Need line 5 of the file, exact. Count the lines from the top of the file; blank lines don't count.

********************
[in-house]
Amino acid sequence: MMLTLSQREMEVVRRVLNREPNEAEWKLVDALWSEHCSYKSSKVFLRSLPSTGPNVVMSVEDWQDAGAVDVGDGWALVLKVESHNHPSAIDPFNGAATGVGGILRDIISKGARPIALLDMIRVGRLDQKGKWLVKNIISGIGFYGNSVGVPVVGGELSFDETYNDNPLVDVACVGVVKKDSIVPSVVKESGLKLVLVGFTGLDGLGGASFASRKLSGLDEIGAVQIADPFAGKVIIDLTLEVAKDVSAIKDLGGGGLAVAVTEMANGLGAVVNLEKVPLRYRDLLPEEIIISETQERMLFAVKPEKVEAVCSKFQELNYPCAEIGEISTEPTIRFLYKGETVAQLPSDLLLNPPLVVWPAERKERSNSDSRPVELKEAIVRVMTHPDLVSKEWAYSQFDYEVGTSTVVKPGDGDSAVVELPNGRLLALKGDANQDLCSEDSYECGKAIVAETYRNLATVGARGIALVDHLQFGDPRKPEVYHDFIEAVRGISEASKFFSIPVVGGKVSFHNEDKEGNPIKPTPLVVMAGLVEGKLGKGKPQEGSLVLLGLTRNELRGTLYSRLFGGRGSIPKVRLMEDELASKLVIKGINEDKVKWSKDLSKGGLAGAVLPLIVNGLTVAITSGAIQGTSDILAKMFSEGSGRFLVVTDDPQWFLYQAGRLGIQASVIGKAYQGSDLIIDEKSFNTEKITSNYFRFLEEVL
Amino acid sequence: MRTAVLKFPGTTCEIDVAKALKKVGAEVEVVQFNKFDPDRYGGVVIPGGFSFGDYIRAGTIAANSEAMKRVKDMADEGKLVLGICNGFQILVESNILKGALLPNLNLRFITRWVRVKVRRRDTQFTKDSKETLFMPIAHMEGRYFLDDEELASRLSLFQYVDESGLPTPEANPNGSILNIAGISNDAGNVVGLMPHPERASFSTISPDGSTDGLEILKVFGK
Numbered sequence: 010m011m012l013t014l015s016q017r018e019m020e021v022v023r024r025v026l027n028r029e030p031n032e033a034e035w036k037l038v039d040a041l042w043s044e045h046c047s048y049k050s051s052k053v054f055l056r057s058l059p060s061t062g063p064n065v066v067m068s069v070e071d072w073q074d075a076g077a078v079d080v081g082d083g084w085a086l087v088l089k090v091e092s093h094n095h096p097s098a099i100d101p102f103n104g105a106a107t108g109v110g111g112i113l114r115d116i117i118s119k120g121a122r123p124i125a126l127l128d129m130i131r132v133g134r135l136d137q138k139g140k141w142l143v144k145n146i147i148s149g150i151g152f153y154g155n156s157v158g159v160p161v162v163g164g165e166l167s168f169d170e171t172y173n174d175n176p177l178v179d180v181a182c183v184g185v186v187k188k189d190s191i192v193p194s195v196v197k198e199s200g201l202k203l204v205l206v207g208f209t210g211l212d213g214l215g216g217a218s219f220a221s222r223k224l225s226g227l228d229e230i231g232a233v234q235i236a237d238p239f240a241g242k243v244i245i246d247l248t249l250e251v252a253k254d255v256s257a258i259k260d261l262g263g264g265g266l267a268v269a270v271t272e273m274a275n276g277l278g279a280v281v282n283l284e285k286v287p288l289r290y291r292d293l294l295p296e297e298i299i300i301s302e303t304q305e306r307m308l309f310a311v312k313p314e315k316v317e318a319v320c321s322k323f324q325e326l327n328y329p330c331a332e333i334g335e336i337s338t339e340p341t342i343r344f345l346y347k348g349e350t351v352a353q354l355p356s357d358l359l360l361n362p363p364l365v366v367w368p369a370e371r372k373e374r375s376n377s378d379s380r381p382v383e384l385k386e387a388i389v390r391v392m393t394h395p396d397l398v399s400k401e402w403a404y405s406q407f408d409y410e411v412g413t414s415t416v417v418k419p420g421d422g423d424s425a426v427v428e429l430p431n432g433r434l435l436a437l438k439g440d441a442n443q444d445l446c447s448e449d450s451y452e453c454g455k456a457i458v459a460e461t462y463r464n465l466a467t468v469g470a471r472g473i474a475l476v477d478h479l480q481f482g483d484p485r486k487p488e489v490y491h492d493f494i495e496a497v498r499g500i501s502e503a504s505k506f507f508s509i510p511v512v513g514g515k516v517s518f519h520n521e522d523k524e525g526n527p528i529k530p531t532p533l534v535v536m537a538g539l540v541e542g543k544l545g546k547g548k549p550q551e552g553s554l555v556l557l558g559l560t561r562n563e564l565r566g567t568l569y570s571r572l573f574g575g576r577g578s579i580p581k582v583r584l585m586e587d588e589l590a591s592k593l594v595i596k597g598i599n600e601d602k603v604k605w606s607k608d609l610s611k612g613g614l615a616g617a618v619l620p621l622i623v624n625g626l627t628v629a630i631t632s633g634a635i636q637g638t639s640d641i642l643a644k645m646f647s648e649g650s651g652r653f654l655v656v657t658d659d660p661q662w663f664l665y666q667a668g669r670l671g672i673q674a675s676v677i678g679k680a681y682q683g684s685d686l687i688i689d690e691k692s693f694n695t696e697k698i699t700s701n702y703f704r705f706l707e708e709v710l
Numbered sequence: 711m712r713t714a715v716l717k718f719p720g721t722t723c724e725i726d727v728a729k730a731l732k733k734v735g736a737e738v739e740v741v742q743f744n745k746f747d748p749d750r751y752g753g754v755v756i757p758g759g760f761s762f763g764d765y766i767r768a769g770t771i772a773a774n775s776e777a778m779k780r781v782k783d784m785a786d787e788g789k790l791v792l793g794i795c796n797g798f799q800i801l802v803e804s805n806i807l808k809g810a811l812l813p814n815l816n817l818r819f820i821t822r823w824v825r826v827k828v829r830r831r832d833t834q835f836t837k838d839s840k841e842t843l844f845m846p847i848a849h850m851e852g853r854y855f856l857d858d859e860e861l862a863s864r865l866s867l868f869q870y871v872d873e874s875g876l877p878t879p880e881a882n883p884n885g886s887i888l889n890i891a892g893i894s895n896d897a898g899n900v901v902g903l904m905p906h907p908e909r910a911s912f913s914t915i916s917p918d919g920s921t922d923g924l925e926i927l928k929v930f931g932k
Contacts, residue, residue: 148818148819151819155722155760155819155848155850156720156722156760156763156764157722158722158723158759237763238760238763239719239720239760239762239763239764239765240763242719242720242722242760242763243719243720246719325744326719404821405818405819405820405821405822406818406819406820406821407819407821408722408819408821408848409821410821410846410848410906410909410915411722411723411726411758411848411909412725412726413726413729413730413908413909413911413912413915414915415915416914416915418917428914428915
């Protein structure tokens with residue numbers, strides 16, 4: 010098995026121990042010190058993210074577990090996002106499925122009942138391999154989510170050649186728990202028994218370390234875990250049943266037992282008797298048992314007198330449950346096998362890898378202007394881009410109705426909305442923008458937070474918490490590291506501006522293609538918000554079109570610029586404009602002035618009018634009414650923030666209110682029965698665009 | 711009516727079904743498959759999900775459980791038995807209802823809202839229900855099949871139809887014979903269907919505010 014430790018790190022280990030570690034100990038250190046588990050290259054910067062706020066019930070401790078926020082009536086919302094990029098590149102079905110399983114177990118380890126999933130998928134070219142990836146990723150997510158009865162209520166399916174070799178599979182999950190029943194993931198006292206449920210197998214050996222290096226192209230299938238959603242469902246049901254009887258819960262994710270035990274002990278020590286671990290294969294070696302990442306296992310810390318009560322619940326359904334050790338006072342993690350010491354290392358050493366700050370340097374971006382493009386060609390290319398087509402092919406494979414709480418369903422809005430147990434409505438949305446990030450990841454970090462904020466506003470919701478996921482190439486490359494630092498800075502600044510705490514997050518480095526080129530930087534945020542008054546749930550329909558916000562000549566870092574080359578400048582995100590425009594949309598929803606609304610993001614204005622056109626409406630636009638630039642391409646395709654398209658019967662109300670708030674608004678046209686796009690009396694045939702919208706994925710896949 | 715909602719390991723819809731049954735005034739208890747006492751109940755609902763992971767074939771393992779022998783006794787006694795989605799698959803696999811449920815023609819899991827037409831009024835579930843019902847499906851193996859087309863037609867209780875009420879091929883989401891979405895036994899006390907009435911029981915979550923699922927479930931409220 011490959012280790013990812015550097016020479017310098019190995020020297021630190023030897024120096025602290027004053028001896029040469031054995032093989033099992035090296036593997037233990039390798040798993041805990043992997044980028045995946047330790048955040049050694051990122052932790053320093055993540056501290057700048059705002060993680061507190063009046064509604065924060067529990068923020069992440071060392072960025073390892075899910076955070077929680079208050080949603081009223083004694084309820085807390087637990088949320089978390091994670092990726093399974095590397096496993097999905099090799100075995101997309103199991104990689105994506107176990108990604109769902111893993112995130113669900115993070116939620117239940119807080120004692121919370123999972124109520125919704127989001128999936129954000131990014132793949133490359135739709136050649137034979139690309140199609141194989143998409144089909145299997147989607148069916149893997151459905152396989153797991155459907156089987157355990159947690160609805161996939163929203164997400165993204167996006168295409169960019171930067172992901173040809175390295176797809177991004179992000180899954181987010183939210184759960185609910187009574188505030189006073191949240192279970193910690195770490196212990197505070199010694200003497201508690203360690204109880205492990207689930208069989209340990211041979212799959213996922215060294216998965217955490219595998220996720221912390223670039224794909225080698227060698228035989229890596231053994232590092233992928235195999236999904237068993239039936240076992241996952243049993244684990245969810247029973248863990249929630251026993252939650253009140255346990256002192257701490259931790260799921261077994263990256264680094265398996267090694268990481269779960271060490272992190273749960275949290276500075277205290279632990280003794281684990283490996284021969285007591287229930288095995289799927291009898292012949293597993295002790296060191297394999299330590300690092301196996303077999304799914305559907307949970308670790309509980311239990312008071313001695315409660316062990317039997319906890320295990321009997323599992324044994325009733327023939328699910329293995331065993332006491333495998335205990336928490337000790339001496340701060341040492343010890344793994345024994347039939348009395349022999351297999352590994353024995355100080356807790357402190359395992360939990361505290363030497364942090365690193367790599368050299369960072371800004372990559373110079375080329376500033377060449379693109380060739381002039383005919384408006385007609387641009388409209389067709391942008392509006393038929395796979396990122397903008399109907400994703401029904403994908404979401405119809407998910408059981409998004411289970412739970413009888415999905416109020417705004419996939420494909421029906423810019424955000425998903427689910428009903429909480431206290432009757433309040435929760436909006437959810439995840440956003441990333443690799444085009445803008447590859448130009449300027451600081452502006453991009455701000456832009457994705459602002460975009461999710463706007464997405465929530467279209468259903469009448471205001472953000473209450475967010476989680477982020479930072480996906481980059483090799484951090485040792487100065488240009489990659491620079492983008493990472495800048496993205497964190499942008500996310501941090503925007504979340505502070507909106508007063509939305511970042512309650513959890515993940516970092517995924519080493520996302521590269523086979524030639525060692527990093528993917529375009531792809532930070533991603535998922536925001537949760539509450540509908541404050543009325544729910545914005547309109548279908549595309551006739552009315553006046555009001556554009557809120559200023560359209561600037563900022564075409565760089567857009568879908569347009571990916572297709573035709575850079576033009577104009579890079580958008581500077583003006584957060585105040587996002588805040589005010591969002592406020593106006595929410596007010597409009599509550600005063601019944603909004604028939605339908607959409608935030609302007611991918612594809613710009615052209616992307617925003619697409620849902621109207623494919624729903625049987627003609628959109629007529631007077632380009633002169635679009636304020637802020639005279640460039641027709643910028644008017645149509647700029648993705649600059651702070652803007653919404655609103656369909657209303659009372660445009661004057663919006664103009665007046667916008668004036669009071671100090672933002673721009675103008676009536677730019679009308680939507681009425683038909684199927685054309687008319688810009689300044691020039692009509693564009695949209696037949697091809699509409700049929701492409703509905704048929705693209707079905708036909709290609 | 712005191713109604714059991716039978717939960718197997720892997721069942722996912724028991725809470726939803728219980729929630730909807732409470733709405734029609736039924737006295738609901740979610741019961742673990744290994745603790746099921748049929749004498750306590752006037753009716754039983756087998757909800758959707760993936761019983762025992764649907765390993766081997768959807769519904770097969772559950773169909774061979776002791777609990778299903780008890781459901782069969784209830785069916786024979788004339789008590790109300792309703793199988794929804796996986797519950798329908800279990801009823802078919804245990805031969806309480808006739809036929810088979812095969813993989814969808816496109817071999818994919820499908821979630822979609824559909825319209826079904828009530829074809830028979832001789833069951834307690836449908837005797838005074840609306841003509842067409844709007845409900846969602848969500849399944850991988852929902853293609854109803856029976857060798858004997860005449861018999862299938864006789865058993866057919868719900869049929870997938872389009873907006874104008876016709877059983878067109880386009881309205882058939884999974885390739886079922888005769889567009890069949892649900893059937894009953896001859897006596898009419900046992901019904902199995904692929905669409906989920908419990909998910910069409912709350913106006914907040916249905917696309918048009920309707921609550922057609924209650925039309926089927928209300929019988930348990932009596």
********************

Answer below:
Numbered sequence: 711m712r713t714a715v716l717k718f719p720g721t722t723c724e725i726d727v728a729k730a731l732k733k734v735g736a737e738v739e740v741v742q743f744n745k746f747d748p749d750r751y752g753g754v755v756i757p758g759g760f761s762f763g764d765y766i767r768a769g770t771i772a773a774n775s776e777a778m779k780r781v782k783d784m785a786d787e788g789k790l791v792l793g794i795c796n797g798f799q800i801l802v803e804s805n806i807l808k809g810a811l812l813p814n815l816n817l818r819f820i821t822r823w824v825r826v827k828v829r830r831r832d833t834q835f836t837k838d839s840k841e842t843l844f845m846p847i848a849h850m851e852g853r854y855f856l857d858d859e860e861l862a863s864r865l866s867l868f869q870y871v872d873e874s875g876l877p878t879p880e881a882n883p884n885g886s887i888l889n890i891a892g893i894s895n896d897a898g899n900v901v902g903l904m905p906h907p908e909r910a911s912f913s914t915i916s917p918d919g920s921t922d923g924l925e926i927l928k929v930f931g932k